About three years ago, Jonah Andrews began to hear voices, his father said. He worked for a time at Le Coco's Italian Restaurant on Shattuck Avenue, but like his court dates, often wouldn't show up. His father said one time, he asked his son why he didn't go to work. Sometimes it was because he heard voices. But one time, his son said it was because he wanted to help a troubled friend.

On this last occasion in Santa Rita, Scott Andrews said his son had been poised to get released to a transitional house, where he had a caseworker who would be assigned to him. But he needed a tuberculosis test first. Scott Andrews said his son said medical staff at the jail hadn't given him the test, which is why he was held up behind bars for about a month. It's unclear why the TB test was held up for about a month. 

Kara Janssen is a prison rights attorney who sued the sheriff in 2018, alleging the mental health care of inmates at Santa Rita Jail is not adequate. She is not associated with Jonah Andrews' case, but she is aware of similar issues because of her class action suit.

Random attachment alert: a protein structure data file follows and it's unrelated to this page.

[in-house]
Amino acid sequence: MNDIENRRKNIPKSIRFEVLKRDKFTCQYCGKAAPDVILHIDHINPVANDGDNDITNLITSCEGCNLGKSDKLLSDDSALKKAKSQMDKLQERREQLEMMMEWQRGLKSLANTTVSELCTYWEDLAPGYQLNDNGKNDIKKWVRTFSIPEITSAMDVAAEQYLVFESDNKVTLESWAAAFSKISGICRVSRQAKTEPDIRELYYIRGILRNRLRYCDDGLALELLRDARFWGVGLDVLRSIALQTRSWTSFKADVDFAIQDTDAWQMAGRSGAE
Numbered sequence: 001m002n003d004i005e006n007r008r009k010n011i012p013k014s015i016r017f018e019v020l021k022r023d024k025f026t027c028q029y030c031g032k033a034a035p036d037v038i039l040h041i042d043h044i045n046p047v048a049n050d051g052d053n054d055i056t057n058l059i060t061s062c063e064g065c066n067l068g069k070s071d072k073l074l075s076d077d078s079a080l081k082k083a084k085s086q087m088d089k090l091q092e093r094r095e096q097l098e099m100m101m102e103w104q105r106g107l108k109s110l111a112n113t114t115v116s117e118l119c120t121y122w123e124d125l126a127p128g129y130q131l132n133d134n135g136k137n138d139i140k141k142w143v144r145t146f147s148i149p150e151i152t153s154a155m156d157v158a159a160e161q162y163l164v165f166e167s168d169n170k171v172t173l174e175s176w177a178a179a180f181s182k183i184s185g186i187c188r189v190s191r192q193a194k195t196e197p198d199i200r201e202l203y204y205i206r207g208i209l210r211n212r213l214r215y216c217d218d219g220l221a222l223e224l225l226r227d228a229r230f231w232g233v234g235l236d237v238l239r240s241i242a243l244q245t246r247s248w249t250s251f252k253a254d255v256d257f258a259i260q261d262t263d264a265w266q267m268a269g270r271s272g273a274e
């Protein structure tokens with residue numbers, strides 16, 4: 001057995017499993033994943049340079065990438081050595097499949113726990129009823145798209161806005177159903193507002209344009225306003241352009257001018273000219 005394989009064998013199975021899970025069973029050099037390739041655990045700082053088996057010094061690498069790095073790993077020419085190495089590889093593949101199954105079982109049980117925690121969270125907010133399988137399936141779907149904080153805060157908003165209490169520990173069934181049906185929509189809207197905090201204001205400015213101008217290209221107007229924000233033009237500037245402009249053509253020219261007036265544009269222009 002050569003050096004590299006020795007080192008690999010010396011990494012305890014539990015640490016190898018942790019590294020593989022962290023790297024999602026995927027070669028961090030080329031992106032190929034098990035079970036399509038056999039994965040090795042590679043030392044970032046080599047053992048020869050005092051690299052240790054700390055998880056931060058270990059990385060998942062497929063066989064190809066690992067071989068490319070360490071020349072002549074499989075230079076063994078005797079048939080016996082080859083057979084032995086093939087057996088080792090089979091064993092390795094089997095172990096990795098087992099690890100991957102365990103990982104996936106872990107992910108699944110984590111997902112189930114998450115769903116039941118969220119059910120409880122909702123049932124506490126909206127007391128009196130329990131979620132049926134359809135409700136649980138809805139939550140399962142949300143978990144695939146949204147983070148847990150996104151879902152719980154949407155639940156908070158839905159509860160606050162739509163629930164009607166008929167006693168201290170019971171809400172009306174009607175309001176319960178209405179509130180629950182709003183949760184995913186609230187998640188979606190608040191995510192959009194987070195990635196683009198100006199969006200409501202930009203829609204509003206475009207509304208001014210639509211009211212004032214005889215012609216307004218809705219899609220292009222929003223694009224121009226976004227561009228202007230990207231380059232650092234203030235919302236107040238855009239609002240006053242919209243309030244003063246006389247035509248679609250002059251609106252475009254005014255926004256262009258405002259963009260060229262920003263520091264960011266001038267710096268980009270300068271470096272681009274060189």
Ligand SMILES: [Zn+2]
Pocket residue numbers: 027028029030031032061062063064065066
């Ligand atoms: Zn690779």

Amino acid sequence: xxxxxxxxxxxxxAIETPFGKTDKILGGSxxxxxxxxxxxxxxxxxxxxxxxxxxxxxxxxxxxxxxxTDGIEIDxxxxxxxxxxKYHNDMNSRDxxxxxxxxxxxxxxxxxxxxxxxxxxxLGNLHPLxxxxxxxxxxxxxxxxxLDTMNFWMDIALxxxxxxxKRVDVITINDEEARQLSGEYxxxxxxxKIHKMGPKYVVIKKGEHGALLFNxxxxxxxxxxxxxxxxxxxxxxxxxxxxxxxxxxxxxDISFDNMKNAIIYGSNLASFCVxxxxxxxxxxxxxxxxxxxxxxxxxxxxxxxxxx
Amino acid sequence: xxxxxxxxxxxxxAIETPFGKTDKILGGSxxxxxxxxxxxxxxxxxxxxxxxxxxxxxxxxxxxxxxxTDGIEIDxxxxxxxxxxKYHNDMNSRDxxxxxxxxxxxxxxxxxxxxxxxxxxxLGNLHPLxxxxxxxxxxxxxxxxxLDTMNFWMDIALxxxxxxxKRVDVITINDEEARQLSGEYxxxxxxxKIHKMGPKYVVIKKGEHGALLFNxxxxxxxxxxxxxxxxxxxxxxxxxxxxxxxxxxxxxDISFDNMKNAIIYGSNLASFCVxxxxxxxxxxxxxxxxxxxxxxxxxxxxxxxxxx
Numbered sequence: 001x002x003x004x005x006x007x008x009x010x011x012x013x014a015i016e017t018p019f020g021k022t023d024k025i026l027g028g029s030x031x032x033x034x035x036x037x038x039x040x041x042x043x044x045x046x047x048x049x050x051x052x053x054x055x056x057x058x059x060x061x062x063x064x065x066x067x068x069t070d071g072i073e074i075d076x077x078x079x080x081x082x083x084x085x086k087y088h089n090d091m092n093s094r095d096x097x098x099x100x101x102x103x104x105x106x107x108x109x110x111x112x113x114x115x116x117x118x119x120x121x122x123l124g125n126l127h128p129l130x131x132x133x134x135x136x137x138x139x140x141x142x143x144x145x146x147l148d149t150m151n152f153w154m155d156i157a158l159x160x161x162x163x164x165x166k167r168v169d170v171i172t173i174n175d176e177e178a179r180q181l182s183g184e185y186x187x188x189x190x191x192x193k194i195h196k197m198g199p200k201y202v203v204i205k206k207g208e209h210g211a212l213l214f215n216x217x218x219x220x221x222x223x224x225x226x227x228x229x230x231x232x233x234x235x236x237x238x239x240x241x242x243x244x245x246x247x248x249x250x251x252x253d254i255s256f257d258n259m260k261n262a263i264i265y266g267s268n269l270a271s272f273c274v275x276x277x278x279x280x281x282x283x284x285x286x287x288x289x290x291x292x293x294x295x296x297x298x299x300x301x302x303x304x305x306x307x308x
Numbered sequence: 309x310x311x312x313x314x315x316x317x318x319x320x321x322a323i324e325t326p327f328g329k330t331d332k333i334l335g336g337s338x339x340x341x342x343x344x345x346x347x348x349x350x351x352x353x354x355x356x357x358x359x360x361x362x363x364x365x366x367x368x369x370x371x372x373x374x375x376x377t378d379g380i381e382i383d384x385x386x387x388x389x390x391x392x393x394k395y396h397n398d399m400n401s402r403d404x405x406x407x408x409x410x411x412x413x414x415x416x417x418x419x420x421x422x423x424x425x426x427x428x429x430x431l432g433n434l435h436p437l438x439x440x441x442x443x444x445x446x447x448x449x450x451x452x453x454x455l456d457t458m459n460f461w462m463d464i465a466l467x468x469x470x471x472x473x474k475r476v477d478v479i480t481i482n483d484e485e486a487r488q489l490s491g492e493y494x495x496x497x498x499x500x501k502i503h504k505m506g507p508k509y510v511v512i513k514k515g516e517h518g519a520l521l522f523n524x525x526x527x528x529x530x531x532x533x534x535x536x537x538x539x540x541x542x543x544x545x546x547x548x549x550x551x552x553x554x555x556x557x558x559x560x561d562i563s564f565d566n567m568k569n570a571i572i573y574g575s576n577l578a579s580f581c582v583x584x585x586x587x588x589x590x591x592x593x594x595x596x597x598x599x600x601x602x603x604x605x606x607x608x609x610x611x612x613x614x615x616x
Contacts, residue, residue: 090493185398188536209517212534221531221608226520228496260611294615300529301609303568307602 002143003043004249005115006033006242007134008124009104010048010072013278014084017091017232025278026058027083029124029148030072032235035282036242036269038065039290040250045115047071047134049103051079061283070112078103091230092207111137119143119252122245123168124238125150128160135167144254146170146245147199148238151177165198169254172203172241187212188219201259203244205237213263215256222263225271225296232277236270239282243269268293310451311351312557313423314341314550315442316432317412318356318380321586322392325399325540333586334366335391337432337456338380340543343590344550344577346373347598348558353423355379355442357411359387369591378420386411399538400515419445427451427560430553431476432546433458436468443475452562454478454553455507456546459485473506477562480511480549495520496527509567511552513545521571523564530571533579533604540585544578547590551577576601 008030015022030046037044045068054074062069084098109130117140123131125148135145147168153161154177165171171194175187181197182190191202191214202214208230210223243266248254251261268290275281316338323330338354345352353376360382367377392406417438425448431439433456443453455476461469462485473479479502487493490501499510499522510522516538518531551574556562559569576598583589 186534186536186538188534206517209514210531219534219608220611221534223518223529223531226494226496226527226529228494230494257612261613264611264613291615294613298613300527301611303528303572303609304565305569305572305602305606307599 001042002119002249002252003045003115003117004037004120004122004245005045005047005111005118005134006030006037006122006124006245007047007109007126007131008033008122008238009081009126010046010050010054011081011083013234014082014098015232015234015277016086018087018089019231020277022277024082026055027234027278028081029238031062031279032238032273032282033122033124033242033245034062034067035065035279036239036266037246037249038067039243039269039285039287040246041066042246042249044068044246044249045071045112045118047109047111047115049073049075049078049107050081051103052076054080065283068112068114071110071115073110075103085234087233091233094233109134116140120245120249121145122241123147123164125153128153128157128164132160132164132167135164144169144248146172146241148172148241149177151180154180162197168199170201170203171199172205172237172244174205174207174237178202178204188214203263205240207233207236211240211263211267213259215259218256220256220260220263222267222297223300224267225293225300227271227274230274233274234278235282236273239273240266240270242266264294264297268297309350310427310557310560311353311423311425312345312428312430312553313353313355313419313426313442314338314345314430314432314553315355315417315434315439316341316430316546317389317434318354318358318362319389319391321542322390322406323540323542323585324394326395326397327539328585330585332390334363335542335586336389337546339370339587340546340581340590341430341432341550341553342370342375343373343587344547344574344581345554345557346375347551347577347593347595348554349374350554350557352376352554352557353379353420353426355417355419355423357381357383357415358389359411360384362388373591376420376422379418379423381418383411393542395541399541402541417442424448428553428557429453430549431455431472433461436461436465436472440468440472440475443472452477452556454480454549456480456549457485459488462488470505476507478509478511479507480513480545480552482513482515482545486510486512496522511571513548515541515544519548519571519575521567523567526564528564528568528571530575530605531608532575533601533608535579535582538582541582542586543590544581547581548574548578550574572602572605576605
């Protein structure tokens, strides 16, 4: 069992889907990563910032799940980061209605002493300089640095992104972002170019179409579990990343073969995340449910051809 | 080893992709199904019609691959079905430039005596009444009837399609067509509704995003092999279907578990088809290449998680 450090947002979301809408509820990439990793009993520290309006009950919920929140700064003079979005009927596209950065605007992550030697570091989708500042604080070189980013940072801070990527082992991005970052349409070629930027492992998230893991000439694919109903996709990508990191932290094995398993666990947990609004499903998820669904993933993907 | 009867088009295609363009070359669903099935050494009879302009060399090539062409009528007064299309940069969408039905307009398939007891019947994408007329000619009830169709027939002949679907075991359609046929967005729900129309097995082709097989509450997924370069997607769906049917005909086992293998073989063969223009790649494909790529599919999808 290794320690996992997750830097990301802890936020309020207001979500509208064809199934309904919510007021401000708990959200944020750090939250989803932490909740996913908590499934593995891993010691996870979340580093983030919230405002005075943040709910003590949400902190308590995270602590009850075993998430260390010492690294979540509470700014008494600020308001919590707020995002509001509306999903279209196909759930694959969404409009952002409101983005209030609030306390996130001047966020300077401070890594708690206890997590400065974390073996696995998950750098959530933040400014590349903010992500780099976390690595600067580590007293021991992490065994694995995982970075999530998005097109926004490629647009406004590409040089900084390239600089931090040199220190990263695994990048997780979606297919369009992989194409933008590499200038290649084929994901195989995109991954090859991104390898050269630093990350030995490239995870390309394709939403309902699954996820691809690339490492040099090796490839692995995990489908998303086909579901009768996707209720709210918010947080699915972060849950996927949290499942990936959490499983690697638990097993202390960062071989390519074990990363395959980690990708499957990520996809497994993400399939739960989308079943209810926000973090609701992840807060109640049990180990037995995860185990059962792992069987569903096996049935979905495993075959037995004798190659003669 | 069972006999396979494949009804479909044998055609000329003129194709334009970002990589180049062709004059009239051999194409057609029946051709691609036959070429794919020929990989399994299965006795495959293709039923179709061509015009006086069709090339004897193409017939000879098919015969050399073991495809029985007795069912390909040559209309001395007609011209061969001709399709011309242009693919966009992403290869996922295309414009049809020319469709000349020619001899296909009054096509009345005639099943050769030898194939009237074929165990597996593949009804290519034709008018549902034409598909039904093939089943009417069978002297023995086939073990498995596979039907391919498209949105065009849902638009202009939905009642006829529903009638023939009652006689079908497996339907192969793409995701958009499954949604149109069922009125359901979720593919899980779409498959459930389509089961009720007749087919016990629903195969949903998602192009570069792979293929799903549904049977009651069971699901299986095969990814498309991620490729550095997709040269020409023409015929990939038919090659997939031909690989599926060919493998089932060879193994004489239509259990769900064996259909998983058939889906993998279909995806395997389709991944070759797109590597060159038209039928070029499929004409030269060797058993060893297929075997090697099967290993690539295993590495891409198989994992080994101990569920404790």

She noted that the number of deaths at Santa Rita is indeed lower this year compared to previous years, noting that is a positive trend. But she added that because of coronavirus, the jail population is also significantly decreased. 

Janssen's firm has been notified of 25 suicide attempts this year at the jail, which she called a concerning number. She did add that she was pleased, however, that none so far have been successful as deputies have been able to prevent them from happening. 

As a result of her suit against the county, Janssen said that there are more deputies working on mandatory overtime to help out at the jail.

"It helps when you have more bodies," she said. "But this system is also not sustainable." 

As for whether the jail should be responsible for someone's drug overdose, both Janssen and Scott Andrews said there is a reasonable expectation when someone is in custody they will be cared for and supervised.

"A lawsuit is a way of communicating with the system that you need to provide a safe facility," Scott Andrews said. 

For now, Scott Andrews is left to live the rest of his life wondering what his son would have become. 

"He hadn't achieved much yet," Scott Andrews said. "But you always hope he would have. It's a loss of that potential." 

Lisa Fernandez is a reporter for KTVU. Email Lisa at lisa.fernandez@foxtv.com or call her at 510-874-0139. Or follow her on Twitter @ljfernandez